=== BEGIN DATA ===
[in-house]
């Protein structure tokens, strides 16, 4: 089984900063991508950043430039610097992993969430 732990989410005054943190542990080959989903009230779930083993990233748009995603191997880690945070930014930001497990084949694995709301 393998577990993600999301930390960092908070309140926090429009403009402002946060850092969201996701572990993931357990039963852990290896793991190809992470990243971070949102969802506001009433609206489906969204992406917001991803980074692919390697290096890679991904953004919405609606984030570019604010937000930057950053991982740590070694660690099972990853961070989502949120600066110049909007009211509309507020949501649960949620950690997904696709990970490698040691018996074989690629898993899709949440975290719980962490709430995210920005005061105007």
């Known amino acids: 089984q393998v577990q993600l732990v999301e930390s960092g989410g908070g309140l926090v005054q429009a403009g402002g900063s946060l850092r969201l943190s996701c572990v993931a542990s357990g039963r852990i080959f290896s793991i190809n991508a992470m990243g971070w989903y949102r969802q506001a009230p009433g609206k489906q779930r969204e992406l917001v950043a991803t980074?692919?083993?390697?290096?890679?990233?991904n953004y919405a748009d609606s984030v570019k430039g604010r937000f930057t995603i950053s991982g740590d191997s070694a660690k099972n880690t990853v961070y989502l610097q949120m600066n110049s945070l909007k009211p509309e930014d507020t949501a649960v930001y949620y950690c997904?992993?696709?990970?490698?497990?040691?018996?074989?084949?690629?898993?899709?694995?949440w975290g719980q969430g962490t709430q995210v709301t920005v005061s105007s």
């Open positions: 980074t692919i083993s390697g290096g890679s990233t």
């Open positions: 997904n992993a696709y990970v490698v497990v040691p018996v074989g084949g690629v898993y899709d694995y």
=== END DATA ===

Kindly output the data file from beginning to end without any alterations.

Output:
[in-house]
């Protein structure tokens, strides 16, 4: 089984900063991508950043430039610097992993969430 732990989410005054943190542990080959989903009230779930083993990233748009995603191997880690945070930014930001497990084949694995709301 393998577990993600999301930390960092908070309140926090429009403009402002946060850092969201996701572990993931357990039963852990290896793991190809992470990243971070949102969802506001009433609206489906969204992406917001991803980074692919390697290096890679991904953004919405609606984030570019604010937000930057950053991982740590070694660690099972990853961070989502949120600066110049909007009211509309507020949501649960949620950690997904696709990970490698040691018996074989690629898993899709949440975290719980962490709430995210920005005061105007």
């Known amino acids: 089984q393998v577990q993600l732990v999301e930390s960092g989410g908070g309140l926090v005054q429009a403009g402002g900063s946060l850092r969201l943190s996701c572990v993931a542990s357990g039963r852990i080959f290896s793991i190809n991508a992470m990243g971070w989903y949102r969802q506001a009230p009433g609206k489906q779930r969204e992406l917001v950043a991803t980074?692919?083993?390697?290096?890679?990233?991904n953004y919405a748009d609606s984030v570019k430039g604010r937000f930057t995603i950053s991982g740590d191997s070694a660690k099972n880690t990853v961070y989502l610097q949120m600066n110049s945070l909007k009211p509309e930014d507020t949501a649960v930001y949620y950690c997904?992993?696709?990970?490698?497990?040691?018996?074989?084949?690629?898993?899709?694995?949440w975290g719980q969430g962490t709430q995210v709301t920005v005061s105007s």
């Open positions: 980074t692919i083993s390697g290096g890679s990233t």
């Open positions: 997904n992993a696709y990970v490698v497990v040691p018996v074989g084949g690629v898993y899709d694995y």